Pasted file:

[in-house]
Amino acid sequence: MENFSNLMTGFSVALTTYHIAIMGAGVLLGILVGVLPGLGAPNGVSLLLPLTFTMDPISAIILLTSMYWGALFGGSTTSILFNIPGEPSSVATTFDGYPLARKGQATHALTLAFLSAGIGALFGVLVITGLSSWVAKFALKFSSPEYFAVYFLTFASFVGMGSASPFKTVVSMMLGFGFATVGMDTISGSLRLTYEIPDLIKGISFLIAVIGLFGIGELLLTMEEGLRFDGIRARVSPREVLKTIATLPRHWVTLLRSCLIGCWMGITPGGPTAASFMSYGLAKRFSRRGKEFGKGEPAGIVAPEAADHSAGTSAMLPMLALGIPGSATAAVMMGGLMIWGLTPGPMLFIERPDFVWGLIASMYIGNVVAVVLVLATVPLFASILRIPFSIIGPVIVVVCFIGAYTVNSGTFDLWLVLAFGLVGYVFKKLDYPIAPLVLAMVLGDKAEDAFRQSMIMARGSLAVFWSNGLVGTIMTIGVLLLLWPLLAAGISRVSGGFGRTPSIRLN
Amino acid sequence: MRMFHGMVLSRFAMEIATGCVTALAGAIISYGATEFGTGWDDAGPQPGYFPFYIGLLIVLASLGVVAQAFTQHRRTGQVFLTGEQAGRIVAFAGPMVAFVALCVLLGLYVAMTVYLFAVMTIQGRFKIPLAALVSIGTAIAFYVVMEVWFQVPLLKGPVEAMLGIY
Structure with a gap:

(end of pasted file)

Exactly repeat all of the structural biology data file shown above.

[in-house]
Amino acid sequence: MENFSNLMTGFSVALTTYHIAIMGAGVLLGILVGVLPGLGAPNGVSLLLPLTFTMDPISAIILLTSMYWGALFGGSTTSILFNIPGEPSSVATTFDGYPLARKGQATHALTLAFLSAGIGALFGVLVITGLSSWVAKFALKFSSPEYFAVYFLTFASFVGMGSASPFKTVVSMMLGFGFATVGMDTISGSLRLTYEIPDLIKGISFLIAVIGLFGIGELLLTMEEGLRFDGIRARVSPREVLKTIATLPRHWVTLLRSCLIGCWMGITPGGPTAASFMSYGLAKRFSRRGKEFGKGEPAGIVAPEAADHSAGTSAMLPMLALGIPGSATAAVMMGGLMIWGLTPGPMLFIERPDFVWGLIASMYIGNVVAVVLVLATVPLFASILRIPFSIIGPVIVVVCFIGAYTVNSGTFDLWLVLAFGLVGYVFKKLDYPIAPLVLAMVLGDKAEDAFRQSMIMARGSLAVFWSNGLVGTIMTIGVLLLLWPLLAAGISRVSGGFGRTPSIRLN
Amino acid sequence: MRMFHGMVLSRFAMEIATGCVTALAGAIISYGATEFGTGWDDAGPQPGYFPFYIGLLIVLASLGVVAQAFTQHRRTGQVFLTGEQAGRIVAFAGPMVAFVALCVLLGLYVAMTVYLFAVMTIQGRFKIPLAALVSIGTAIAFYVVMEVWFQVPLLKGPVEAMLGIY
Structure with a gap: